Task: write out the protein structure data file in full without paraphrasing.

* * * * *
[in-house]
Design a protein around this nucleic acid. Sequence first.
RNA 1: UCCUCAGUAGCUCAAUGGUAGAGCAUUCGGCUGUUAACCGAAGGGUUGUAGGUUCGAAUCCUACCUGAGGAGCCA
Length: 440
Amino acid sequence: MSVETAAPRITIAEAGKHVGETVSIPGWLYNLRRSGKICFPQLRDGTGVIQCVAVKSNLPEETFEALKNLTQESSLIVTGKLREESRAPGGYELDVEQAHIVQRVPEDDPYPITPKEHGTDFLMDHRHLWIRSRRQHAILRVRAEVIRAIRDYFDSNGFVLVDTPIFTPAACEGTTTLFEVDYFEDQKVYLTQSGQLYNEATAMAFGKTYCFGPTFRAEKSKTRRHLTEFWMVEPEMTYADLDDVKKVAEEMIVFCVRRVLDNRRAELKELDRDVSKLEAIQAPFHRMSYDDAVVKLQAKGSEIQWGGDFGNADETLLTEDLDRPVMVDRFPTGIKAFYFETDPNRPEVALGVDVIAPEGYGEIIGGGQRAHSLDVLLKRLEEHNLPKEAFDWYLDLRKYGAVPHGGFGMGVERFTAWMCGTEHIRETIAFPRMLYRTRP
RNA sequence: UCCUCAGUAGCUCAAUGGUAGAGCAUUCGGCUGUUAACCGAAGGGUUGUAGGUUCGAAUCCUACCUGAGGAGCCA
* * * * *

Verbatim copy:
[in-house]
Design a protein around this nucleic acid. Sequence first.
RNA 1: UCCUCAGUAGCUCAAUGGUAGAGCAUUCGGCUGUUAACCGAAGGGUUGUAGGUUCGAAUCCUACCUGAGGAGCCA
Length: 440
Amino acid sequence: MSVETAAPRITIAEAGKHVGETVSIPGWLYNLRRSGKICFPQLRDGTGVIQCVAVKSNLPEETFEALKNLTQESSLIVTGKLREESRAPGGYELDVEQAHIVQRVPEDDPYPITPKEHGTDFLMDHRHLWIRSRRQHAILRVRAEVIRAIRDYFDSNGFVLVDTPIFTPAACEGTTTLFEVDYFEDQKVYLTQSGQLYNEATAMAFGKTYCFGPTFRAEKSKTRRHLTEFWMVEPEMTYADLDDVKKVAEEMIVFCVRRVLDNRRAELKELDRDVSKLEAIQAPFHRMSYDDAVVKLQAKGSEIQWGGDFGNADETLLTEDLDRPVMVDRFPTGIKAFYFETDPNRPEVALGVDVIAPEGYGEIIGGGQRAHSLDVLLKRLEEHNLPKEAFDWYLDLRKYGAVPHGGFGMGVERFTAWMCGTEHIRETIAFPRMLYRTRP
RNA sequence: UCCUCAGUAGCUCAAUGGUAGAGCAUUCGGCUGUUAACCGAAGGGUUGUAGGUUCGAAUCCUACCUGAGGAGCCA